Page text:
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Biden and Trump share confidence in import tariffs, despite inflation risks

Promising to make things more expensive when consumers are already unhappy with high prices may seem like an unusual political strategy. But it’s the one both President Biden and former President Donald Trump are choosing.

Both men, as they vie for a second term in the White House, say tariffs on imported Chinese goods are necessary to promote domestic manufacturing and to punish China’s zero-sum trade practices. While economists say tariffs lead to higher prices, Biden and Trump insist consumers will be unscathed.

Biden’s tariffs on $18 billion worth of Chinese electric vehicles, batteries and computer chips, announced last month, are likely too small to raise the economy’s overall price level, economists said . But Trump’s plan to impose 60% tariffs on the $427 billion in goods that China ships to the United States each year would almost certainly reshape trade in a way that consumers would notice.

“It’s certainly a much bigger shock. Yes, it would certainly be felt,” said Mary Lovely, an economist at the Peterson Institute for International Economics who co-wrote a recent analysis of Trump’s plan.

When Trump imposed tariffs on a wide range of Chinese imports in 2018, he promised China would pay, while critics warned it would lead to higher prices for Americans.

The actual outcome provided talking points for both sides.

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Contrary to expectations, the U.S. inflation rate fell after the tariffs were imposed and remained low for nearly three years, until the pandemic upended global supply chains. Consumer prices were rising at an annual rate of 2.9% in July 2018, when China’s first tariffs took effect. A year later, inflation was below 2 percent.

But that doesn’t mean the Chinese are footing the bill. Many studies have concluded that the costs fall on Americans and even consumers. Trump’s tariffs “had little or no impact on prices received by foreign exporters,” according to a 2018 study by economists Mary Amiti of the Federal Reserve Bank of New York, Stephen Redding of the Princeton University and David Weinstein of Columbia University.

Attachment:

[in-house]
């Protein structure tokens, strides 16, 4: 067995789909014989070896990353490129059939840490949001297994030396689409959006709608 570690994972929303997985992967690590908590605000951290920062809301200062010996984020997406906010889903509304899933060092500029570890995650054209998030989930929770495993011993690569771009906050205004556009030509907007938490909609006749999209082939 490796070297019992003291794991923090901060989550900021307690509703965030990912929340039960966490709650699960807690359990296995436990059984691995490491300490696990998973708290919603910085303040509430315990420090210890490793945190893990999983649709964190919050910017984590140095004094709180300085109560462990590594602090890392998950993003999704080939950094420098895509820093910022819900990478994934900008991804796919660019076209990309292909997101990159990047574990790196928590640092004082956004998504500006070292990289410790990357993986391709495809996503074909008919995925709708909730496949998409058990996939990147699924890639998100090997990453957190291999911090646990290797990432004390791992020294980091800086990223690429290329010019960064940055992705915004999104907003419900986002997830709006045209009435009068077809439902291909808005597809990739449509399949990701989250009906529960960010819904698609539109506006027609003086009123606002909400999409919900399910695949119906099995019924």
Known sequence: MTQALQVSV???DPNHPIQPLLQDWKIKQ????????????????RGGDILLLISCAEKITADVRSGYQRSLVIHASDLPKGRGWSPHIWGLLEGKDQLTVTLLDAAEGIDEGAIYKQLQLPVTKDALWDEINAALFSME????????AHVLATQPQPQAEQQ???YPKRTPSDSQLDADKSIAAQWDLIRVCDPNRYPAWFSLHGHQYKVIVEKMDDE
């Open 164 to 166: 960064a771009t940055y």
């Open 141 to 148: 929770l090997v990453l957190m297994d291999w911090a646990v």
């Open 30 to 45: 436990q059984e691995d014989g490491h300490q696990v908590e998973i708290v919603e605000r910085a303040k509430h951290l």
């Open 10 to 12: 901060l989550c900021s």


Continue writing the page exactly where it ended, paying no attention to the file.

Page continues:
The Americans who paid the tariffs were people like Lance Ruttenberg, chief executive of the American Textile Company, headquartered in Duquesne, Pennsylvania, where Andrew Carnegie once ruled a steel empire.

Ruttenberg’s 99-year-old company is one of about 225,000 U.S. importers who buy items from foreign suppliers and then use them to make finished products or sell them to consumers.

As production of basic textiles and fabrics has moved offshore in recent decades, American Textile began importing about 3,500 shipping containers full of pillowcases and specialty fabrics each year. The company has seen its costs rise by millions of dollars each year for imported Chinese materials it uses in pillows and bedding sold by brands such as Sealy and Tempur-Pedic.

Trump’s tariffs came at the end of a decade of extremely low inflation, which made it difficult for businesses to raise retail prices. Under pressure from retailers like Walmart to stay the course, importers have absorbed the cost of the tariffs by reducing their profit margins.

“Retailers, our customers, had no desire to accept this price increase. And so what happens is the American manufacturer ends up absorbing it,” Ruttenberg said.

A 2021 study by four economists concluded that U.S. companies absorbed “much of the higher costs associated with tariffs by earning lower margins on their sales.”

Analysis of price data for 90,000 products found that large retailers escaped the shock of tariffs by placing unusually large import orders between the tariff announcement and their entry date. force, and turning to suppliers outside China.

The study was led by Alberto Cavallo of Harvard Business School, Gita Gopinath of the International Monetary Fund, Brent Neiman of the University of Chicago and Jenny Tang of the Federal Reserve Bank of Boston.

There were other reasons for the muted consumer price response. The dollar rose about 10% against the yuan in 2018, offsetting some of the impact of tariffs by making Chinese goods cheaper.